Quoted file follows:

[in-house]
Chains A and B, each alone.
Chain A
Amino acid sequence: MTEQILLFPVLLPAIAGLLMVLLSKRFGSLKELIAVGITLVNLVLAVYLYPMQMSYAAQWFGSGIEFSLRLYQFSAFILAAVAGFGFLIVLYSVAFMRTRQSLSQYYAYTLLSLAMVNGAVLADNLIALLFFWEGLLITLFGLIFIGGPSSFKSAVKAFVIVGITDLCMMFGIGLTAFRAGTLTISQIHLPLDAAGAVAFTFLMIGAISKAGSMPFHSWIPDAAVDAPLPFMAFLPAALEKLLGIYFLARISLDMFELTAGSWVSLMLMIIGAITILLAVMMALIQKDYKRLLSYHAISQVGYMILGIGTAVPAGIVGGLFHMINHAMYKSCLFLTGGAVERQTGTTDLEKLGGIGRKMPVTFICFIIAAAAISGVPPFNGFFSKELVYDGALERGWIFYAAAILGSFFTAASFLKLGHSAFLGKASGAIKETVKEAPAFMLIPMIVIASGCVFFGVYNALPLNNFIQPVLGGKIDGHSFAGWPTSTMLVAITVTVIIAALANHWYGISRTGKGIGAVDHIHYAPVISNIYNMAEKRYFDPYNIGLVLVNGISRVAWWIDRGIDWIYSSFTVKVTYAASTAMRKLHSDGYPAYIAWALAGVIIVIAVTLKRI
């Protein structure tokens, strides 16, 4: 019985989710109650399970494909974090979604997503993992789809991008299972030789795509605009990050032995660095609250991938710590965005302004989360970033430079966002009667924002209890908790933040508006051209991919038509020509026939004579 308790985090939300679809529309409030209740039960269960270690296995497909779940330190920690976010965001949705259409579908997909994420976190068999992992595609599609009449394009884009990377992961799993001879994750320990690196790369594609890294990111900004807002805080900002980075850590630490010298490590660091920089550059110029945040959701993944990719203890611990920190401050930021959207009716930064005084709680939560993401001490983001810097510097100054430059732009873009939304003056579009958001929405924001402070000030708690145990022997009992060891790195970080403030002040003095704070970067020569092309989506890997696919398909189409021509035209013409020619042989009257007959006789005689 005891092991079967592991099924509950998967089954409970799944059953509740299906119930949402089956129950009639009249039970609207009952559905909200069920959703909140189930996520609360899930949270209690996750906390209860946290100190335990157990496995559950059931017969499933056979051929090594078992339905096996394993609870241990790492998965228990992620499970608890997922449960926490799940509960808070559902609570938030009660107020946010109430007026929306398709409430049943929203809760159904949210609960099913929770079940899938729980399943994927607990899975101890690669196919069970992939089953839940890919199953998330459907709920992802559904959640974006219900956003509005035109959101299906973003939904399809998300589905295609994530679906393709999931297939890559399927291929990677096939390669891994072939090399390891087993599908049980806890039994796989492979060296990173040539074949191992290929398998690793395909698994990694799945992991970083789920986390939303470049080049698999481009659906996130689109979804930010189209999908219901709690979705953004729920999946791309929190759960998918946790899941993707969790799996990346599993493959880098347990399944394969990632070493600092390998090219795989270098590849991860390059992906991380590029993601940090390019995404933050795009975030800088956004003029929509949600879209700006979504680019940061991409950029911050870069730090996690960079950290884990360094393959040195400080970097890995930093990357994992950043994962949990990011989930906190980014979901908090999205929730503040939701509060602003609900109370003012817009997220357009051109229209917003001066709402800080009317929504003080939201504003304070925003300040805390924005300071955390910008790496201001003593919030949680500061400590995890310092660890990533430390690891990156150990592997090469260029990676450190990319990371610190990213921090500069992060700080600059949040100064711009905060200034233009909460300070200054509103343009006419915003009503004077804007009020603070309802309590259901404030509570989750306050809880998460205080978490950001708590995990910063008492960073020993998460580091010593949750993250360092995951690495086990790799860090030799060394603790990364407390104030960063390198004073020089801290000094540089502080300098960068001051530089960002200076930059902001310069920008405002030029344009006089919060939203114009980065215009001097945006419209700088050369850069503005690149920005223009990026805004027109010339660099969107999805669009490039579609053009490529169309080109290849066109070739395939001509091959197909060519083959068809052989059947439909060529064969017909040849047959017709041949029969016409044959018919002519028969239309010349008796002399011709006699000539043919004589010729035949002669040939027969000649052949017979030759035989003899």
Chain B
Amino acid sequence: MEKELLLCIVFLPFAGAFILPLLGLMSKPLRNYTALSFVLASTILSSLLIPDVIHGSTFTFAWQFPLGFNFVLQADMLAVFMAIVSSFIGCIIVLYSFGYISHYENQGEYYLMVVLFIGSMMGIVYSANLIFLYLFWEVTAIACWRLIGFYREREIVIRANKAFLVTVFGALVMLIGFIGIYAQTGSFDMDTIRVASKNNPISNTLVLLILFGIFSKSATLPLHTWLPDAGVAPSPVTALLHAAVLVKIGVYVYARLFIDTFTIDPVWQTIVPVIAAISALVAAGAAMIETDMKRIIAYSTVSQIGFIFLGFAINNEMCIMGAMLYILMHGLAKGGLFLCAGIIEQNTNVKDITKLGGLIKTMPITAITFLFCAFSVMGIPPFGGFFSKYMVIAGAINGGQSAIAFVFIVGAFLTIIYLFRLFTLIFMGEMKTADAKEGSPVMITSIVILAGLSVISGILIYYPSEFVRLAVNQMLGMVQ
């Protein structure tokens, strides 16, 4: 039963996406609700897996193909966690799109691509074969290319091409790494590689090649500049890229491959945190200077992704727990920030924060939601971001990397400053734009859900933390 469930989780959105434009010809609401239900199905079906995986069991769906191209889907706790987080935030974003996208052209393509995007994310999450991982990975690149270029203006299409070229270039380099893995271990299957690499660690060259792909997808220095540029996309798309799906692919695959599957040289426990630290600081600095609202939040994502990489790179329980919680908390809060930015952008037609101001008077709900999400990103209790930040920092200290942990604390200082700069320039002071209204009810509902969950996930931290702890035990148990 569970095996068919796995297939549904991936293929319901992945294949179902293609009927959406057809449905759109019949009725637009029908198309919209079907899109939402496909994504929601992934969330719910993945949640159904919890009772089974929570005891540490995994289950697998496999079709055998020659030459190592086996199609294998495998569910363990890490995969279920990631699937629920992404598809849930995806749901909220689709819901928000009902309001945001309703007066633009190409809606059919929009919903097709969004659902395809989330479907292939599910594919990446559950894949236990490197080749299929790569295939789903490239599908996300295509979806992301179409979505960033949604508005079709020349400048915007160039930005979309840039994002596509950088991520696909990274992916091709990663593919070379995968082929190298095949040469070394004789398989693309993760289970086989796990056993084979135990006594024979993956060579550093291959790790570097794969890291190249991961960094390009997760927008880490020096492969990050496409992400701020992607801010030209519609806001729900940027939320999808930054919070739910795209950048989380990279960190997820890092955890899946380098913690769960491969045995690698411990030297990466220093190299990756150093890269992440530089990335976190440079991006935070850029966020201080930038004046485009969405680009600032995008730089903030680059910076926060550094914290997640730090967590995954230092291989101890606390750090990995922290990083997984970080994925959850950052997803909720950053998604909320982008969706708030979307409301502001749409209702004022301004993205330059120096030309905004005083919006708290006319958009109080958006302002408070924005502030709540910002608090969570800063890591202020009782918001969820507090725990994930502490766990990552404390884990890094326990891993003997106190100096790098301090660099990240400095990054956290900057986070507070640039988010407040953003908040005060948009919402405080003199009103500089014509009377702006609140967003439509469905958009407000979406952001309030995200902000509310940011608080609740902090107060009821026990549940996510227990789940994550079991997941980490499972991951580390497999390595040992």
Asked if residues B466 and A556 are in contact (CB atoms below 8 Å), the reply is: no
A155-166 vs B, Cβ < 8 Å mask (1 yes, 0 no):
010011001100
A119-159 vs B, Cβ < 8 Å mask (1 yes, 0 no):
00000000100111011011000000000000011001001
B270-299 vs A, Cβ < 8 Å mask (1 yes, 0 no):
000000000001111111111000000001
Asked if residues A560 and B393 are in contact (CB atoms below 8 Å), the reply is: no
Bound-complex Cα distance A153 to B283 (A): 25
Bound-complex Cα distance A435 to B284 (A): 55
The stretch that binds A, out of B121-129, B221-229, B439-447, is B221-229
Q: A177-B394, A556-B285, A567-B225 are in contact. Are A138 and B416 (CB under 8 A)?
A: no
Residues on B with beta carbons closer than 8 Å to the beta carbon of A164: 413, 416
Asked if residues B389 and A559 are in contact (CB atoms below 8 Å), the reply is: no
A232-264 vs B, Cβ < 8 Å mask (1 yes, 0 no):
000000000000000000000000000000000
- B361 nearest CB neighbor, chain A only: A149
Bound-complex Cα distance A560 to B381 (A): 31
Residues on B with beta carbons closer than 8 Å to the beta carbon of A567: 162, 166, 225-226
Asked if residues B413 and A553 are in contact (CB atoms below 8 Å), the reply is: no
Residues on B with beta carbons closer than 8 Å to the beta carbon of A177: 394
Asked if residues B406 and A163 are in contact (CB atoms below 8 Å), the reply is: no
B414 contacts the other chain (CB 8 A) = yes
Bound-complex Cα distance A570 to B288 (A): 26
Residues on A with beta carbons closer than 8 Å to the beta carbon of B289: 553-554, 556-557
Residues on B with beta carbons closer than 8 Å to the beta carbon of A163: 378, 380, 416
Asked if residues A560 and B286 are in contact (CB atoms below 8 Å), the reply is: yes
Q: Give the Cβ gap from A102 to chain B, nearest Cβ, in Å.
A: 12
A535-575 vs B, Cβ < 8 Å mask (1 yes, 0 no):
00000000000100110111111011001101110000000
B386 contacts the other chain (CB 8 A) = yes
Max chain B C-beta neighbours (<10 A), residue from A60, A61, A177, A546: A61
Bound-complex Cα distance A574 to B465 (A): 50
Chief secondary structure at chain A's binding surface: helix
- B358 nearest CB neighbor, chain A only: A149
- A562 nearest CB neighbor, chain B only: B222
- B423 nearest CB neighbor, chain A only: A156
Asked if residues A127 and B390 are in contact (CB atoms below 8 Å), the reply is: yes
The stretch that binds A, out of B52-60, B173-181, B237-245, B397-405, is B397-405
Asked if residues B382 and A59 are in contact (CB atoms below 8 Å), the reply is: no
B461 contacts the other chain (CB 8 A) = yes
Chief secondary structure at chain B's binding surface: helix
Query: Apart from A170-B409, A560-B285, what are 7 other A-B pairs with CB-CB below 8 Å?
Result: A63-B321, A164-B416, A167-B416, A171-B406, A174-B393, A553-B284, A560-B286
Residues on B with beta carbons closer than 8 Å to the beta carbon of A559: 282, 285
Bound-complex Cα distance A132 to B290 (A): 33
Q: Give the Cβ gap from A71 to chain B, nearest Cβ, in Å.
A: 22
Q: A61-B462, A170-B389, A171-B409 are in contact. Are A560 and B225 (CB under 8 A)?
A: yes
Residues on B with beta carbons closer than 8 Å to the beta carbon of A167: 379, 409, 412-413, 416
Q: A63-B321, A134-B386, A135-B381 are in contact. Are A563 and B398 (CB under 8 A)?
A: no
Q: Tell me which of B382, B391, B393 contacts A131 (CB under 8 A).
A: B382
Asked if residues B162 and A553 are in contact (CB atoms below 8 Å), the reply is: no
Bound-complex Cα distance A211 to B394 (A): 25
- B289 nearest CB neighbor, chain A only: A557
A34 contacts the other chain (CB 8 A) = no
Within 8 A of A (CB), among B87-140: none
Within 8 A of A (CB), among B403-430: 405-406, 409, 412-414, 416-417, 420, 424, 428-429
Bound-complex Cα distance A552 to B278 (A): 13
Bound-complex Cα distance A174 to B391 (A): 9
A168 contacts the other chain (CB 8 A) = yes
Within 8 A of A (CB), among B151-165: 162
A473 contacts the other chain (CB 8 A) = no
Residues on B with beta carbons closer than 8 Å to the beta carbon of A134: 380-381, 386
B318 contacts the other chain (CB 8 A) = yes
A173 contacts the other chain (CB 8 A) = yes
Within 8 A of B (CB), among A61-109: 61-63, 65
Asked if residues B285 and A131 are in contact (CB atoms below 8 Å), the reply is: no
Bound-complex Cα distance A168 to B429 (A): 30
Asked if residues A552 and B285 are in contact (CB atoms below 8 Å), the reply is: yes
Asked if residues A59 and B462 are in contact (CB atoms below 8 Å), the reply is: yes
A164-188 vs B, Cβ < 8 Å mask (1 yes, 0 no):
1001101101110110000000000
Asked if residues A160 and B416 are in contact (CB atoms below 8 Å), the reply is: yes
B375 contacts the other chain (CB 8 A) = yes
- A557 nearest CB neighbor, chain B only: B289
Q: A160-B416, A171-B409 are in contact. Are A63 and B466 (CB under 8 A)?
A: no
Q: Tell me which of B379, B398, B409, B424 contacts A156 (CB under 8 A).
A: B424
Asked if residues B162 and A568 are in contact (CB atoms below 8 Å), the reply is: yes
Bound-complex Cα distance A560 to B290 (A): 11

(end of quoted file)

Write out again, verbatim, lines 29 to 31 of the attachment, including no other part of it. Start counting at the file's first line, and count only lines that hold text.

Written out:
Asked if residues B413 and A553 are in contact (CB atoms below 8 Å), the reply is: no
Residues on B with beta carbons closer than 8 Å to the beta carbon of A177: 394
Asked if residues B406 and A163 are in contact (CB atoms below 8 Å), the reply is: no